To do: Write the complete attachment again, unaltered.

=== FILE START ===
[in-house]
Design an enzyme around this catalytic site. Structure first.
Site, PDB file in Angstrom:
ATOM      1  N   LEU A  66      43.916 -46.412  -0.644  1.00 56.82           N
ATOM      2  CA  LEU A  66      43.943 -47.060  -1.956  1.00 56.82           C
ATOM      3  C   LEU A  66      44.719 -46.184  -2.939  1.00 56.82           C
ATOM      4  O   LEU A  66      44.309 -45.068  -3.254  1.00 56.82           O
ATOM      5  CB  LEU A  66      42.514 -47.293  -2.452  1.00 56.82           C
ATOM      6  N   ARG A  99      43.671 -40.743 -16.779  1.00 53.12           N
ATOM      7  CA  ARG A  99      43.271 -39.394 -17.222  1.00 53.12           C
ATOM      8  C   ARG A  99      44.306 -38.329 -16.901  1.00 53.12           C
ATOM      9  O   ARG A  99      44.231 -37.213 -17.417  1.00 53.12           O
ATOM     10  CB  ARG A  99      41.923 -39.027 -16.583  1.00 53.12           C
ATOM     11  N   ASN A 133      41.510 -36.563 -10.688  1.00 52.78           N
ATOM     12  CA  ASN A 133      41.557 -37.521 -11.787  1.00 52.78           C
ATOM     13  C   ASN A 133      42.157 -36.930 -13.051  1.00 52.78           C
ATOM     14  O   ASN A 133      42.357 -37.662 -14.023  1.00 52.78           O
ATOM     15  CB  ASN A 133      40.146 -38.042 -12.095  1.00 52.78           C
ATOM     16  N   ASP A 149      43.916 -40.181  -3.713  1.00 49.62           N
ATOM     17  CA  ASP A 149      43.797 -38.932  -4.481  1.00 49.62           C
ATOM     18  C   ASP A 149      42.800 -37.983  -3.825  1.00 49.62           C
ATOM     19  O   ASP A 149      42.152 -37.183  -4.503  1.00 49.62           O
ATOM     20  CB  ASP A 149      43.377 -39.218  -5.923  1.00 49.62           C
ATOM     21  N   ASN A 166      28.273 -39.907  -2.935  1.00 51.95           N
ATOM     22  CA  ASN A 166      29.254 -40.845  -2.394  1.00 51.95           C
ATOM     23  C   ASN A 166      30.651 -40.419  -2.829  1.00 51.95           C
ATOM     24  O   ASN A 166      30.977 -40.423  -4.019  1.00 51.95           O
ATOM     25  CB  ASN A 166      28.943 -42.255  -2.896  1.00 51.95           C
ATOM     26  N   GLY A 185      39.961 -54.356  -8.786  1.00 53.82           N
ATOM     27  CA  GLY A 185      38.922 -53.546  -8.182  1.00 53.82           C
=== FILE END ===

[in-house]
Design an enzyme around this catalytic site. Structure first.
Site, PDB file in Angstrom:
ATOM      1  N   LEU A  66      43.916 -46.412  -0.644  1.00 56.82           N
ATOM      2  CA  LEU A  66      43.943 -47.060  -1.956  1.00 56.82           C
ATOM      3  C   LEU A  66      44.719 -46.184  -2.939  1.00 56.82           C
ATOM      4  O   LEU A  66      44.309 -45.068  -3.254  1.00 56.82           O
ATOM      5  CB  LEU A  66      42.514 -47.293  -2.452  1.00 56.82           C
ATOM      6  N   ARG A  99      43.671 -40.743 -16.779  1.00 53.12           N
ATOM      7  CA  ARG A  99      43.271 -39.394 -17.222  1.00 53.12           C
ATOM      8  C   ARG A  99      44.306 -38.329 -16.901  1.00 53.12           C
ATOM      9  O   ARG A  99      44.231 -37.213 -17.417  1.00 53.12           O
ATOM     10  CB  ARG A  99      41.923 -39.027 -16.583  1.00 53.12           C
ATOM     11  N   ASN A 133      41.510 -36.563 -10.688  1.00 52.78           N
ATOM     12  CA  ASN A 133      41.557 -37.521 -11.787  1.00 52.78           C
ATOM     13  C   ASN A 133      42.157 -36.930 -13.051  1.00 52.78           C
ATOM     14  O   ASN A 133      42.357 -37.662 -14.023  1.00 52.78           O
ATOM     15  CB  ASN A 133      40.146 -38.042 -12.095  1.00 52.78           C
ATOM     16  N   ASP A 149      43.916 -40.181  -3.713  1.00 49.62           N
ATOM     17  CA  ASP A 149      43.797 -38.932  -4.481  1.00 49.62           C
ATOM     18  C   ASP A 149      42.800 -37.983  -3.825  1.00 49.62           C
ATOM     19  O   ASP A 149      42.152 -37.183  -4.503  1.00 49.62           O
ATOM     20  CB  ASP A 149      43.377 -39.218  -5.923  1.00 49.62           C
ATOM     21  N   ASN A 166      28.273 -39.907  -2.935  1.00 51.95           N
ATOM     22  CA  ASN A 166      29.254 -40.845  -2.394  1.00 51.95           C
ATOM     23  C   ASN A 166      30.651 -40.419  -2.829  1.00 51.95           C
ATOM     24  O   ASN A 166      30.977 -40.423  -4.019  1.00 51.95           O
ATOM     25  CB  ASN A 166      28.943 -42.255  -2.896  1.00 51.95           C
ATOM     26  N   GLY A 185      39.961 -54.356  -8.786  1.00 53.82           N
ATOM     27  CA  GLY A 185      38.922 -53.546  -8.182  1.00 53.82           C